Table 2 Comparison of immediate postoperative data between PJK group and non-PJK group
Table 3 Logistic regression analysis of risk factors for proximal junctional kyphosis after surgery

During follow-up, with the occurrence of PJK, LL (p = 0.043), TPA (p < 0.000), PT (p < 0.000) and SS (p = 0.002) indicated significant differences between PJK group and non-PJK group. However, C2-FH showed no significant difference between PJK group and non-PJK group and the mean value of C2-FH in both groups was approximately − 1 cm (Table 4). The above results suggested that a C2-FH of − 1 cm may be the target of compensation for ASD patients, but with different compensatory mechanisms.

Table 4 Comparison of follow-up data between PJK group and non-PJK group

The sagittal parameters were also compared between immediate postoperative and follow-up in both PJK group (Table 5) and non-PJK group (Table 6), in order to investigate the prognosis of C2-FH from immediate postoperative to follow-up in ASD patients with or without PJK and the compensatory mechanism of spine and pelvis after the occurrence of PJK. All parameters except PI and SVA showed significant differences between immediate postoperative and follow-up in PJK group (Table 5). The most noteworthy finding is that C2-FH was close to the ideal value (− 1 cm) at follow up. In the non-PJK group, only C2-FH showed significant difference between immediate postoperative and follow-up (p = 0.022, Table 6), indicating that a small change of C2-FH could be compensated without PJK.

Table 5 Comparison of data between immediate postoperative and follow-up in the PJK group
Table 6 Comparison of data between immediate postoperative and follow-up in the no PJK group

The AUC was 0.84 (95%CI 0.68–0.97), indicating the well effectiveness of ROC curve and cut-off value in predicting occurrence of PJK in ASD patients. Based on the ROC curve (Fig. 2), the optimal cut-off value of C2-FH as indicators for occurrence of PJK was − 42.3 mm. If C2-FH was smaller than − 42.3 mm, the occurrence rate of PJK was 88%. On the contrary, the rate of no PJK was 80%.

Fig. 2
figure 2

Receiver operating characteristics curve (ROC) of C2-FH

Discussions

ASD patients are prone to be with lower back pain, functional deficit, and neurologic deficits [17]. In severe cases, surgical restoration of spinal alignment is needed to alleviate the pain and to improve the quality of life. Despite the overall satisfactory clinical outcome after surgery, unexpected mechanical complications may appear in the unfused segments and junctional region segments after surgical correction, one of which is the development of PJK. The potential risk factors of PJK have been reported by many relevant studies [18,19,20], however, the development of PJK is still unpredictable. The current study suggested that patients with post-operative posterior global malalignment (negative C2-FH) were more likely to develop PJK during follow-up, indicating that PJK may be a compensation for unsatisfactory global sagittal alignment restoration.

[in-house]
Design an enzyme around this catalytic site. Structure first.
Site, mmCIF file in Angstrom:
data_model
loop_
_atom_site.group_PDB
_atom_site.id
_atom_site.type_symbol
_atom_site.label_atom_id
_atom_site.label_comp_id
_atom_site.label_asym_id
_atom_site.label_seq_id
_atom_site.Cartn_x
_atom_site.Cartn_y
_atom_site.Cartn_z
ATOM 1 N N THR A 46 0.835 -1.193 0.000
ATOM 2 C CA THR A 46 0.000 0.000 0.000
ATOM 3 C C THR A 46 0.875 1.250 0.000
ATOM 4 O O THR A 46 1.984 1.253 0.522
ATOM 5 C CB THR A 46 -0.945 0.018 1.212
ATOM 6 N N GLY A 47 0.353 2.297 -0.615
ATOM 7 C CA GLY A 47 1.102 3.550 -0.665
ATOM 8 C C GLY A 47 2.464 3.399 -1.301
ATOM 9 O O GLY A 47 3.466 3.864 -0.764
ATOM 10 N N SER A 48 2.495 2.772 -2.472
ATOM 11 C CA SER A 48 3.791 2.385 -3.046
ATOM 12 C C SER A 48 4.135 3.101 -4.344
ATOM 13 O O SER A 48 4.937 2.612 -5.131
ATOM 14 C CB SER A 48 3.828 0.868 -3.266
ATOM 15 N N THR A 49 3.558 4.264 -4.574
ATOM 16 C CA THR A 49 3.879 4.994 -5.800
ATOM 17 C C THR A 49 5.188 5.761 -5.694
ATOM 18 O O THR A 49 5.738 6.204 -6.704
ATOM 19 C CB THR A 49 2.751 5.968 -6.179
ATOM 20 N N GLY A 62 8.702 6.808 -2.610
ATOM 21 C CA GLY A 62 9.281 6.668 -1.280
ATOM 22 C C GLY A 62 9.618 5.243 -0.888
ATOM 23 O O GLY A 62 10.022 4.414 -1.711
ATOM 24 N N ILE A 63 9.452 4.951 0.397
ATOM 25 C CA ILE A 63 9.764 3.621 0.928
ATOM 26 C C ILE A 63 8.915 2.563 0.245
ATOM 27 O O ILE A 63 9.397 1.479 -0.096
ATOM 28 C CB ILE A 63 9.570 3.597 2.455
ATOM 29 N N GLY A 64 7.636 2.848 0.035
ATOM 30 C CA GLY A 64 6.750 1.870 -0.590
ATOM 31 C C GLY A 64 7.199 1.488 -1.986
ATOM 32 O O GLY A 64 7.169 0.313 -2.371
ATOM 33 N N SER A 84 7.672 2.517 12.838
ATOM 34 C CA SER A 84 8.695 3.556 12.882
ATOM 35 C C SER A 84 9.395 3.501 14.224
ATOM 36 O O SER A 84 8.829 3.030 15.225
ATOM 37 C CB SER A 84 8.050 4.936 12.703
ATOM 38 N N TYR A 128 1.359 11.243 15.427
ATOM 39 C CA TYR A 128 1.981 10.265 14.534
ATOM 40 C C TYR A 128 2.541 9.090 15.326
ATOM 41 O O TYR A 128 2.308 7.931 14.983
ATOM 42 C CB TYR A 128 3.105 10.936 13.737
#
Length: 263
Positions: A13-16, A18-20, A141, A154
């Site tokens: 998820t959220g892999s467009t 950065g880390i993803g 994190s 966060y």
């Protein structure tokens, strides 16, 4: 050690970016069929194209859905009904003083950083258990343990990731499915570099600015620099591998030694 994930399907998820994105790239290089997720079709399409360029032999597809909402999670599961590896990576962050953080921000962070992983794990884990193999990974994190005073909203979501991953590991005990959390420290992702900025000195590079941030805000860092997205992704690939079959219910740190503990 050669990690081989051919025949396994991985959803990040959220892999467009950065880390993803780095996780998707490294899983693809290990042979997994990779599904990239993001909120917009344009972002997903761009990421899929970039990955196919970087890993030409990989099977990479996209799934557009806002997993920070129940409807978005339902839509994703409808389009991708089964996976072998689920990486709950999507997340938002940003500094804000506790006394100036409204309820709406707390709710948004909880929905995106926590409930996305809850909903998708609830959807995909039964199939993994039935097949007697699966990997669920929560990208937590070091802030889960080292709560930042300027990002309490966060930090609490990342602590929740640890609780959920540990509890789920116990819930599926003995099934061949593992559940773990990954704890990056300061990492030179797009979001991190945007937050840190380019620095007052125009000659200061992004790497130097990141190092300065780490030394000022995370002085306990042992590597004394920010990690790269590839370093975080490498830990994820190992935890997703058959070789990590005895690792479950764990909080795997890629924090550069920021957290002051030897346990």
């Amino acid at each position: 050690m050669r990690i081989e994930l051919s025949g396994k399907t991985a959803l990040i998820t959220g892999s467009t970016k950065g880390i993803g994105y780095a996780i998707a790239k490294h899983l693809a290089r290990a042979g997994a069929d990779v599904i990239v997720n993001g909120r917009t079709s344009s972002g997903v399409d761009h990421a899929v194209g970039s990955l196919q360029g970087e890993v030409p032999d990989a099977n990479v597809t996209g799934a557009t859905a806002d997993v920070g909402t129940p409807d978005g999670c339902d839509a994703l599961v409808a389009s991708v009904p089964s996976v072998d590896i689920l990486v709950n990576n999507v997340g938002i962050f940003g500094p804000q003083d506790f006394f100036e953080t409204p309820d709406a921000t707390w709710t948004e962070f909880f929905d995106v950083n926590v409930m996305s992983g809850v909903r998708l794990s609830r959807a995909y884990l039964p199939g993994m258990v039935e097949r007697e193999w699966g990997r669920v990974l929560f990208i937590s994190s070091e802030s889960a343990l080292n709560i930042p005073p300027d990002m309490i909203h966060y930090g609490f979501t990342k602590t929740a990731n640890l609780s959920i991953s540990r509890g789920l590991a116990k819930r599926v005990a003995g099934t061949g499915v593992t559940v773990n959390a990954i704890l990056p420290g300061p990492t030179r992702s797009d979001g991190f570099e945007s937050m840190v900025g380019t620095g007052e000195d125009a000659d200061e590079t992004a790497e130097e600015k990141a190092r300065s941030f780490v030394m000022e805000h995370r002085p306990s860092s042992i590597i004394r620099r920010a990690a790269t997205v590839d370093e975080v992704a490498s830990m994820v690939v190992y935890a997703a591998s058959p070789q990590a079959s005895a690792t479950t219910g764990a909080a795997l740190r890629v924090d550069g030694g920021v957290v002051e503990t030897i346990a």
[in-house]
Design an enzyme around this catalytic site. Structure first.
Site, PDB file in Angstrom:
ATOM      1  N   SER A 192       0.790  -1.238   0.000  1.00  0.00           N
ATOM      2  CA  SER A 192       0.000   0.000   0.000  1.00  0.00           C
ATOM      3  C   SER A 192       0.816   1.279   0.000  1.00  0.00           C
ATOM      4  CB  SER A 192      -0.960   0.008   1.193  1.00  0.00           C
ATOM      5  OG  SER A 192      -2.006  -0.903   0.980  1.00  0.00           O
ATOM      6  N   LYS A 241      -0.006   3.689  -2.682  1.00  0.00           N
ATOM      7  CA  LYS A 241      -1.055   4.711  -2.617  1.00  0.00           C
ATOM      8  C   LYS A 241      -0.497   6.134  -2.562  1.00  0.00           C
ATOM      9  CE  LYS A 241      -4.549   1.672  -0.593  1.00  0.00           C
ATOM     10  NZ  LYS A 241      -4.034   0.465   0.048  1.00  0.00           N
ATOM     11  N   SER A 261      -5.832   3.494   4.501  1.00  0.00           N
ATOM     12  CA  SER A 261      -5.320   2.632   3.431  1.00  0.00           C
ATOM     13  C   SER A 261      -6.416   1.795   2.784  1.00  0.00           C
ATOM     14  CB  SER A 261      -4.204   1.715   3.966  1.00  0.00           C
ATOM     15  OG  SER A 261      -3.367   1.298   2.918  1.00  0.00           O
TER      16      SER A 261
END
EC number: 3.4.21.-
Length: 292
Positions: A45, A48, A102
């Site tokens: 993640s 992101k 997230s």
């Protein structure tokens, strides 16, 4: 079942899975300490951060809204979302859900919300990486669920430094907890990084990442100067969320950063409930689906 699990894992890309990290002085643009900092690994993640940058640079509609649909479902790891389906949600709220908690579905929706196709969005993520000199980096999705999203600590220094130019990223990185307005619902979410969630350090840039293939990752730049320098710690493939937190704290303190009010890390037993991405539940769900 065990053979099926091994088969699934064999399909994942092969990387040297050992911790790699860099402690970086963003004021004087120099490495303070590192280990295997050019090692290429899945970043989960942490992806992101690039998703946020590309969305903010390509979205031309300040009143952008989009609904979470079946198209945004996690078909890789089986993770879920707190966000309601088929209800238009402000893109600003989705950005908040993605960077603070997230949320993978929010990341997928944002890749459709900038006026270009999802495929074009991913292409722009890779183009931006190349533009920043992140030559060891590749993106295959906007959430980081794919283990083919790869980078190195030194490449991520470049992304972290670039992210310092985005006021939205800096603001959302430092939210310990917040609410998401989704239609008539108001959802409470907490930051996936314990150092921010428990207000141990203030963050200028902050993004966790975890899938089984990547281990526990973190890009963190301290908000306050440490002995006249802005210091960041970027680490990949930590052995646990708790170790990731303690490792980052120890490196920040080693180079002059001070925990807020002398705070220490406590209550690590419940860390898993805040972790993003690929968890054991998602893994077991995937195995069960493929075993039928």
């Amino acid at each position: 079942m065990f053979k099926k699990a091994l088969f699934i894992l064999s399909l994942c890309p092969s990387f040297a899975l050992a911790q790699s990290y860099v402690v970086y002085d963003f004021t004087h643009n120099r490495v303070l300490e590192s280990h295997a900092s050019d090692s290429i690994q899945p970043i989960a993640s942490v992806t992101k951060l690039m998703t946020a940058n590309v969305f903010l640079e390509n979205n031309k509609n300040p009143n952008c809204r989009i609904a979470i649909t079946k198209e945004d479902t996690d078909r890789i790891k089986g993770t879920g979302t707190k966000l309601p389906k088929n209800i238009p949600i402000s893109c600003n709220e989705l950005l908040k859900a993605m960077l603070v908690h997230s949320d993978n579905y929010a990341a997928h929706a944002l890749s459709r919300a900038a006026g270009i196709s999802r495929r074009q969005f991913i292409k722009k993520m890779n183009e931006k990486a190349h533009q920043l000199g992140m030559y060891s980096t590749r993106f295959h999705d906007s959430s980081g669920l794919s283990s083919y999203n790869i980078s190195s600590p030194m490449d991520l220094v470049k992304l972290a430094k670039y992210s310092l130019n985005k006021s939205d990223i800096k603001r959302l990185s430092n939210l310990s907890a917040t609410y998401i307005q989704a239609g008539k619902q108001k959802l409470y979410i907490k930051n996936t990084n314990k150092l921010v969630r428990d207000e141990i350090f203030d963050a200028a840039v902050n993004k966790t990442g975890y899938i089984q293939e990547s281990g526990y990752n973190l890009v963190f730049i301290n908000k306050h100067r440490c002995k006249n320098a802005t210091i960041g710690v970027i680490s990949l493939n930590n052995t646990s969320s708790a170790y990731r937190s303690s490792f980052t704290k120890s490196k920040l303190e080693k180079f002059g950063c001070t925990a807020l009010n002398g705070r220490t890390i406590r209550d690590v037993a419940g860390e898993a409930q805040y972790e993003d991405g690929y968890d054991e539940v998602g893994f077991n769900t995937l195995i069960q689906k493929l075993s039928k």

The absolute value of post-operative C2-FH was significantly larger in PJK group compared to non-PJK group, indicating that patients with posterior global malalignment (negative C2-FH) were more likely to develop PJK (Fig. 3). The concept “posterior global malalignment” was firstly proposed by Blondel et al. [21], which was defined as post-operative SVA < 0 cm (C7 located posteriorly to the sacrum). However, they did not find the clinical significance of posterior malalignment. In our study, we use C2-FH instead of SVA to define posterior global malalignment, and the results showed that large negative C2-FH may be related to the development of PJK. C2-FH was recently proposed as a global sagittal parameter. They found that C2-FH is constant in both standing and sitting position for asymptomatic adults, the average C2-FH is − 10 mm in standing position and − 1 mm in sitting position. Thus, the stable C2-FH could be a target for sagittal alignment restoration in adults spinal deformity patients. This is the reason that we choose C2-FH, instead of SVA, to define the posterior global malalignment.

Fig. 3
figure 3

The full-length lateral films of the spine of two typical patients at immediate post-operative and at the last follow-up showed that PJK is more likely to occur for ASD patients with abnormal C2-FH at immediate post-operative (C2-FH < − 42.3 mm). The C2-FH and PJA of the first patient (A) were 0 mm and 22.2° at immediate post-operative (b) and 1.2 mm and 24.8° at follow-up (c). In another patient (B) with PJK, C2-FH and PJA were − 94.7 mm and 7.4° at immediate post-operative (e), while C2-FH and PJA were − 39.3 mm and 33° at follow-up (f). The preoperative full-length lateral films of the spine of patients A and B are shown in figure (a) and figure (d), respectively